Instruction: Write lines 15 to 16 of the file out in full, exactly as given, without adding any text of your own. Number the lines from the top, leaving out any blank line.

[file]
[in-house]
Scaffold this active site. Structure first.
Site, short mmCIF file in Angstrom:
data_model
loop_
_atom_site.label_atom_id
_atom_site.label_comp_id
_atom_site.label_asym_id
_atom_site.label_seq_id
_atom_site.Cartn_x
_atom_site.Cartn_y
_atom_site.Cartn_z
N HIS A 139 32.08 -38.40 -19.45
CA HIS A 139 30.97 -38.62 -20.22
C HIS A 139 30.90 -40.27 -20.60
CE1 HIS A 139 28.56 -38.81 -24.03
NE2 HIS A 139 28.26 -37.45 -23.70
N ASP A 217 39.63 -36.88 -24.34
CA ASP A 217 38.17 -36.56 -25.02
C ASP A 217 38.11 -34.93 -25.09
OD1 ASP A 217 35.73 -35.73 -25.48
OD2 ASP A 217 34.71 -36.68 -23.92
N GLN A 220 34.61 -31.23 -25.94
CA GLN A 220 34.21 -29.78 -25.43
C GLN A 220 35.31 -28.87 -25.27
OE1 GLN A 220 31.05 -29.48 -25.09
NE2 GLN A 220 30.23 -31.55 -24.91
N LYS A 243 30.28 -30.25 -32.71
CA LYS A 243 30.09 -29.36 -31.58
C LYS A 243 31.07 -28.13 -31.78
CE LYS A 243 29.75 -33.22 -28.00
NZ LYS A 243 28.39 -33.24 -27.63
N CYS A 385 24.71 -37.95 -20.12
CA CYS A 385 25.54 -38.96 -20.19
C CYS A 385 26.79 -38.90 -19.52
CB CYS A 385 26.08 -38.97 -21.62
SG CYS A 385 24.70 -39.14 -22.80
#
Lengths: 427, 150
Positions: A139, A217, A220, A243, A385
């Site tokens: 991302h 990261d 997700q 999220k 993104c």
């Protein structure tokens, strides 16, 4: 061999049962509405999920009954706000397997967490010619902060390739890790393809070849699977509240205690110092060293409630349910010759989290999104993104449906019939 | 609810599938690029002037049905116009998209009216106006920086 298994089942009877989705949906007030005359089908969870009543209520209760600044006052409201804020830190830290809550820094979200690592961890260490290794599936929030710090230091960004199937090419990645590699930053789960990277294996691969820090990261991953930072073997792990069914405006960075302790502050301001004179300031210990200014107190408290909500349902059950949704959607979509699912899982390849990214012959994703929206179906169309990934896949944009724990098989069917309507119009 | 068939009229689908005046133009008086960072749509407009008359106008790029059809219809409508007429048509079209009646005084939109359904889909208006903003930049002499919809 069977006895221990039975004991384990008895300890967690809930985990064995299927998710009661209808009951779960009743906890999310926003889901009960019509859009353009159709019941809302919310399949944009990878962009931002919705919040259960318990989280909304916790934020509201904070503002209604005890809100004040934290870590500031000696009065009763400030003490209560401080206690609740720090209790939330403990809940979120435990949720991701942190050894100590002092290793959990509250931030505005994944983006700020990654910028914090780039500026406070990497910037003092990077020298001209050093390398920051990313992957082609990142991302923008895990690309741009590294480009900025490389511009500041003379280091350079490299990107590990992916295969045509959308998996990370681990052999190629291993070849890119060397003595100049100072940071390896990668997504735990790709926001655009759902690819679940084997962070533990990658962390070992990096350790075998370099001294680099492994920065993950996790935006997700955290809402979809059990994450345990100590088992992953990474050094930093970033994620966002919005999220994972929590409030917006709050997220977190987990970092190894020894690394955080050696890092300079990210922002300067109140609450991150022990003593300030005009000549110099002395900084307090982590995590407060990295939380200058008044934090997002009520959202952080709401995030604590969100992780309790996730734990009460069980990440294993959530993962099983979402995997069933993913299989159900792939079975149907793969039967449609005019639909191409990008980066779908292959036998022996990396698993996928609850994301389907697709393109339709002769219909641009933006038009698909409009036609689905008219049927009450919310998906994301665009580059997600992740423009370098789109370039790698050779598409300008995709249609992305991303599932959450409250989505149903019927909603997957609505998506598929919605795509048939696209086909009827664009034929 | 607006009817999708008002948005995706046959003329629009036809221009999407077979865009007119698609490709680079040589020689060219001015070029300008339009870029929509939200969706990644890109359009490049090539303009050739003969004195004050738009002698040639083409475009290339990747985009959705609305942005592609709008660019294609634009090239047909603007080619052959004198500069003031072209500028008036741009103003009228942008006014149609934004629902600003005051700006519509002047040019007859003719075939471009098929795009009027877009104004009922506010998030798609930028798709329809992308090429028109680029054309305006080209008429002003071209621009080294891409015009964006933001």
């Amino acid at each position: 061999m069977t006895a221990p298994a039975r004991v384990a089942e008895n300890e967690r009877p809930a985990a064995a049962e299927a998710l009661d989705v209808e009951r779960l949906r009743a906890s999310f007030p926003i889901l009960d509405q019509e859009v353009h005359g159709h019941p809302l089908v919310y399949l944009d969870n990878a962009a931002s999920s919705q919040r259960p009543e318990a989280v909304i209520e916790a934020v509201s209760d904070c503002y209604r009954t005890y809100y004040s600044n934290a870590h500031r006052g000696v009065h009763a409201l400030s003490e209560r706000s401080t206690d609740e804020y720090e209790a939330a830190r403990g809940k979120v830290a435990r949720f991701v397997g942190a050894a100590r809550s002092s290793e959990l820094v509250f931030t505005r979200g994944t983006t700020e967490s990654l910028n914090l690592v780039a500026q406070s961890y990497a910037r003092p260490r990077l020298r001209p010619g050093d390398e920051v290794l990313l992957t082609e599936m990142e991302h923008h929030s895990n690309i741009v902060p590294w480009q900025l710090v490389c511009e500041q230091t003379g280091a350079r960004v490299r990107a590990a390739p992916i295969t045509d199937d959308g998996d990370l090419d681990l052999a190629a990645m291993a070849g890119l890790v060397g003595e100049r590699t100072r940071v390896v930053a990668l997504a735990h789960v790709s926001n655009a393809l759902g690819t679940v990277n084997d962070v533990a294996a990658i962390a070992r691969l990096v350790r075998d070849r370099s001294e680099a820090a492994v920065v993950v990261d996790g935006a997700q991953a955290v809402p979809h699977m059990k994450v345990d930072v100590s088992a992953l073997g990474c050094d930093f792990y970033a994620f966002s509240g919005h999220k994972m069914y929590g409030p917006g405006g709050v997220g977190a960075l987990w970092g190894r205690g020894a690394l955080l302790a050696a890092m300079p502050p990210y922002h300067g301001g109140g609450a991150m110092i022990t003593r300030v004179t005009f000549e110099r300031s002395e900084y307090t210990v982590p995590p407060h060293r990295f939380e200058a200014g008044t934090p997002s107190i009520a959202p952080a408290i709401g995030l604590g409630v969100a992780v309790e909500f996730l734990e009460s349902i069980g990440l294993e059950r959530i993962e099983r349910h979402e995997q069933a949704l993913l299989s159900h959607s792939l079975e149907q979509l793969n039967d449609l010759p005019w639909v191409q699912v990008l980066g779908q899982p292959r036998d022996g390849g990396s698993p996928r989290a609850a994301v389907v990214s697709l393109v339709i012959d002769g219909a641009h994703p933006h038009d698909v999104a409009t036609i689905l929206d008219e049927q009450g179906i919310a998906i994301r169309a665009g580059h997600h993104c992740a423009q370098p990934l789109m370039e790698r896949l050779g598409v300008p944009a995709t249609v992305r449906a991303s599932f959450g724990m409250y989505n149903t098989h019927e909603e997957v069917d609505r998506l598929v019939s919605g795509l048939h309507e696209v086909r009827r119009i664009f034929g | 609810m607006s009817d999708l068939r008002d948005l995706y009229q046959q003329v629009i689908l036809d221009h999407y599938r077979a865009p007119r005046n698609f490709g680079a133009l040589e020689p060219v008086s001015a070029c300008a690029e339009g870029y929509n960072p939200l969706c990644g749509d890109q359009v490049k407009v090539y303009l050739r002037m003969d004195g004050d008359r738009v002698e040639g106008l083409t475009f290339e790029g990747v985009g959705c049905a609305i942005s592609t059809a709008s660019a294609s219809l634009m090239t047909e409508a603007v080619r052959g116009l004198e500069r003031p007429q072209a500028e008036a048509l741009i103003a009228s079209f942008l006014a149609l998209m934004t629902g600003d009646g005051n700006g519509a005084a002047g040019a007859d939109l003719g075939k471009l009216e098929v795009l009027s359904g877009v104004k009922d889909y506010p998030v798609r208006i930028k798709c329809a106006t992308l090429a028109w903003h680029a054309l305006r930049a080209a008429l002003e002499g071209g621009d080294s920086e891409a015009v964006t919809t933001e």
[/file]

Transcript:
C HIS A 139 30.90 -40.27 -20.60
CE1 HIS A 139 28.56 -38.81 -24.03